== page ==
I see my role as being a support mechanism for the respective curatorial teams involved with us- these range from students, faculty and visiting faculty. Overall, exhibition-making is a very collaborative process with lots of discussions with faculty and leadership. I work with current and visiting faculty who deeply research their issue, and my team partners with them to help them make the most of their concept in the public space of the GSD. I see myself as a “creative producer” who translates their research and narrative in the public space of the Druker Design Gallery and view exhibitions as making public the interrelationship between concept, aesthetic and logistics. Our program follows the pedagogy of the GSD, so we aspire to be timely to issues that are important to our students.
My team is comprised of local artists, furniture makers, and craft makers. It is a good marriage between the focus of GSD faculty and students and the local Boston art scene. My team translates materials for the space and supports the local creative economy. We are constantly learning new things and being experimental. Our exhibitions in the Druker Design Gallery are built in the center of Gund Hall. Outside of the GSD, it is rare to have the opportunity to witness the process of an exhibition being built. At the GSD, students, faculty, staff, and the public are able to view the construction of an exhibition.
6. With the naming of the Druker Design Gallery, the GSD’s primary exhibition hall, do you think there will be an opportunity for a heightened impact of the Gallery space for the School, the Harvard community, and the greater Boston community?
The naming of the Druker Design Gallery is recognition of the strong and inspiring exhibitions that the GSD has produced over the years. I hope that the Gallery will gain visibility externally and encourage a broader audience to come to visit, including the local communities.
Exhibitions are fantastic opportunities for designers to test mid-scale models of their architecture and design concepts. The biggest challenge for students is that they are mostly limited to the scale of their desk or computer monitor. Students desire to test their concepts beyond this scale and to start to apply material systems and assembly logic to their ideas. It would be great if we have more funding to do more design-build projects with students.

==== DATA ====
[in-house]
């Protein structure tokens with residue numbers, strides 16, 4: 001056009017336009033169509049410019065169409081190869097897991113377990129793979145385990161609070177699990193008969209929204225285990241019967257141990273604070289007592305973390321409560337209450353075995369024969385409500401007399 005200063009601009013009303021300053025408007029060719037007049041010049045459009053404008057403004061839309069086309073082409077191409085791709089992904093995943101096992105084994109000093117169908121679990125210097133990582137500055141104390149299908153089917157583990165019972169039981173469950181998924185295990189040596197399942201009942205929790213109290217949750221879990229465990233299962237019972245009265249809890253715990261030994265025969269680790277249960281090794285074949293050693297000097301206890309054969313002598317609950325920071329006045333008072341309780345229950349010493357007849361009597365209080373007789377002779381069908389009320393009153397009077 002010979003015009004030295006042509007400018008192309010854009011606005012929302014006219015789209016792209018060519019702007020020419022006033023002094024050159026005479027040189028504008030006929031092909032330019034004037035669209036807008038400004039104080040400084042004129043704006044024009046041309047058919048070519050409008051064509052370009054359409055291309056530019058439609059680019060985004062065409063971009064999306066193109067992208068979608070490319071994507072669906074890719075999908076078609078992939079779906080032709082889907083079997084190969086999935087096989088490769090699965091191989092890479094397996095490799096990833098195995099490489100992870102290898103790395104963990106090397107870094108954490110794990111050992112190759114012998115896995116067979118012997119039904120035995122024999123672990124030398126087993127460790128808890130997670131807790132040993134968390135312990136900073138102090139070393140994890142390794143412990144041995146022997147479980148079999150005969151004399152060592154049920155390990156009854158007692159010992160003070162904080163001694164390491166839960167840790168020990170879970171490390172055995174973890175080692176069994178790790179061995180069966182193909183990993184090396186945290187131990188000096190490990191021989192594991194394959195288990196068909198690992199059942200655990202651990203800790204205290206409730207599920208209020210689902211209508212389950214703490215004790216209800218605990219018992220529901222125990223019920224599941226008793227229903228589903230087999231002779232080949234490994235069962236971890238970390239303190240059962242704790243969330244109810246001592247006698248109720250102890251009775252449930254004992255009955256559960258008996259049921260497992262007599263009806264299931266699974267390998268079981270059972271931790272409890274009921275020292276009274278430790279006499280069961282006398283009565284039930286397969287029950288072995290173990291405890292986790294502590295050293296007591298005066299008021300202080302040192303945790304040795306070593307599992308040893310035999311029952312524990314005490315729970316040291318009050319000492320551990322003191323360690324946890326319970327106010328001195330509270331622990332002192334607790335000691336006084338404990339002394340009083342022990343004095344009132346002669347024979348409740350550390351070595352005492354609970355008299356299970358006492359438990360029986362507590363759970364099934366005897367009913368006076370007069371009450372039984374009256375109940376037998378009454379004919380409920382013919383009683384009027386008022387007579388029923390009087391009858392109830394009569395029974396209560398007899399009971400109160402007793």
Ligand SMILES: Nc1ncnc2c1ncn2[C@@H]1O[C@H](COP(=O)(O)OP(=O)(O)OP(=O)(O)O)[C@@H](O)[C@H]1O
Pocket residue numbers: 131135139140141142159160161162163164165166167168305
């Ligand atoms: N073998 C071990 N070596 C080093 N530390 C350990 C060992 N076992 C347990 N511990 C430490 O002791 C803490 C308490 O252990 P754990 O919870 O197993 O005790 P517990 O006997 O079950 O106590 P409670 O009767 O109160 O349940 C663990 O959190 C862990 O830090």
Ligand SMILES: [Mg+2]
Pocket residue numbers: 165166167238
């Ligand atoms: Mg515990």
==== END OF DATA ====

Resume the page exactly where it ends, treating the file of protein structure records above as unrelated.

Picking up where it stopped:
7. Your artistic process is highly collaborative and team-oriented. You created “We The Publics,” with Emmanuel Pratt LF ’17 after participating in a series of town halls, forums, and public talks within the GSD regarding the state of humanitarian and political crises. The piece was on view at the GSD in Spring 2017 and at the Smart Museum in Chicago in Fall 2017. How did you and Emmanuel decide to collaborate and what have been some of the reactions to this exhibit?
Emmanuel and I decided to explore the deeper issue of the splintering of the collective simultaneously with the pressure to move to privatization of certain basic rights that should be delivered to the collective, like clean water and education. With the presidential election, it became apparent there was a strong move to disarm the EPA and defund large urban centers that are supportive of immigration. We wanted to remind people within the GSD community that we need to speak up and create a platform for “design for all.” If we allow the current dialogue to play out without any friction, people may very quickly lose the basic human services that make society a little bit more just and equitable across socio-economic divisions. We worked with the graphic designer Andrew LeClair to make a visual installation for the “Experiment’s” wall with a provisional list of publics and prompted the community to contribute. This was one of the first times that the GSD did a participatory exhibition in which the audience helps to generate content during the duration of the exhibition. It was a way of flattening boundaries between the community. It was important for us to pluralize publics—there are multiple publics. In Chicago, the exhibit is in the entryway of the Smart Museum, and participation was strong. There are other venues that are interested so Emmanuel, and I are considering how to move it forward.